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Healthcare Practice for England (Integrated Health and Social Care)

City of Liverpool College University Centre

UCAS Code: 4L47 | Higher National Certificate - HNC

Entry requirements


The College uses UCAS tariff points to standardise entry requirements and make it easier to compare applicants for courses. Therefore, after converting qualifications achieved, applicants should hold a total tariff score for all relevant qualifications of at least 96 points. Use the UCAS tariff value calculator to check your qualifications at: www.ucas.com/ucas/tariff-calculator

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About this course


Course option

1.0year

Full-time | 2022

Subject

Health and social care

The Higher National Certificate in Healthcare Practice is a unit-based programme that provides the underpinning knowledge, understanding and skills for a successful career in the health and/or social care sector. This could include healthcare support and assistant roles in a range of settings, planning and assessment roles or roles in health promotion or public health. A range of core and specialist modules are undertaken, and students will develop their time management and organisational skills.

Students will complete a programme of 120 units comprising of 7 different modules, five of which are core modules specified by the awarding body. A further two are chosen by the institution to complement the study programme and enable progression onto the level 5 HND Healthcare Practice programme.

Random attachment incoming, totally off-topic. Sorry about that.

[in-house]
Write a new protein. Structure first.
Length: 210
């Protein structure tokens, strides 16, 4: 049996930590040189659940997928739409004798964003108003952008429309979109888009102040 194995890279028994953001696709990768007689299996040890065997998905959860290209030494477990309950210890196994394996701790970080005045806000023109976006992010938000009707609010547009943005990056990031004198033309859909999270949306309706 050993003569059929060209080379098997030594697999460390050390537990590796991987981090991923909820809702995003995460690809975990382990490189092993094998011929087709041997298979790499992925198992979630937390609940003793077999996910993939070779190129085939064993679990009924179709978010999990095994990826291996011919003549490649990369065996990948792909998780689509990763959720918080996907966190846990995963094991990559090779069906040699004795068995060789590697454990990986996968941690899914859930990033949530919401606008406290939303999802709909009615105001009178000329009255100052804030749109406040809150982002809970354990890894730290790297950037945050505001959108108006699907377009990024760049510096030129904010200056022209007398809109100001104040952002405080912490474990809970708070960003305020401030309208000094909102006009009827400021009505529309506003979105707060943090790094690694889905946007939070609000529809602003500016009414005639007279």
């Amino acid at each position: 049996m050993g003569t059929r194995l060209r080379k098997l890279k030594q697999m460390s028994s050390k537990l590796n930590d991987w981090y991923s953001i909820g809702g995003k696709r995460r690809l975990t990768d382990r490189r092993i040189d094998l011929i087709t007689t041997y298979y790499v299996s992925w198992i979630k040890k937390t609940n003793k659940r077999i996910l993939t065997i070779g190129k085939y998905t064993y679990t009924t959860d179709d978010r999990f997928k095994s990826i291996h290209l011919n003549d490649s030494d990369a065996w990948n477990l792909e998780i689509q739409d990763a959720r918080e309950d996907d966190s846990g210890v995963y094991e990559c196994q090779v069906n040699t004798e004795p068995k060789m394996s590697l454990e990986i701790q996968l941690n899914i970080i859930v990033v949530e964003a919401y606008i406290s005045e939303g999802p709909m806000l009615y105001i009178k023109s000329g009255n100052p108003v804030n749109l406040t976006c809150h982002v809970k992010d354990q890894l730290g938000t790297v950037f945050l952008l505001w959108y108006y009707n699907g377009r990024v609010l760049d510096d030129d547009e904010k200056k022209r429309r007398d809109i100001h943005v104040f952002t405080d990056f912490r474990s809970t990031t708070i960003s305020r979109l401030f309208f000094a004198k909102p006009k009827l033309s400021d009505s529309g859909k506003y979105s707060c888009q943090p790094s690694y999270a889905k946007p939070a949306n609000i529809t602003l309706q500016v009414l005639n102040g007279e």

All course tutors are subject specialists with a wide range of extensive experience in these fields of practice. Students gain an understanding of the use of information and communication technology as a tool in health and social care settings. Guest speakers aid understanding and add currency to students’ learning. Students will also present evidence that effectively reflects their abilities as a developing care worker in the field of health or social care.

Modules

On the programme, students will study the following mandatory core units:
• Law, Policy and Ethical Practice in Health and Social Care
• Demonstrating Professional Principles and Values in Health and Social Care Practice
• Supporting the Individual Journey through Integrated Health and Social Care
• Fundamentals of Evidence-based Practice (Pearson-set Project)
• Effective Reporting and Record-keeping in Health and Social Care Services.

There are also two further optional units:
• Sociological and Psychological Perspectives on Health;
• Health Education in Action.

Students will also study specialist units, including: - Social Policy; The Sociological Context of Health and Social Care; Psychology for Health and Social Care.

Assessment methods

A range of assessment methods are used including academic essays, reports, shorter workbook-based tasks and skills development tasks, including presentations. In addition, a portfolio is used to record students' development and progress through workplace activity.

Tuition fees

Select where you currently live to see what you'll pay:

England
£6,673
per year
Northern Ireland
£6,673
per year
Scotland
£6,673
per year
Wales
£6,673
per year

The Uni


Course location:

The Learning Exchange, Roscoe Street

Department:

Health and Social Care

Read full university profile

What students say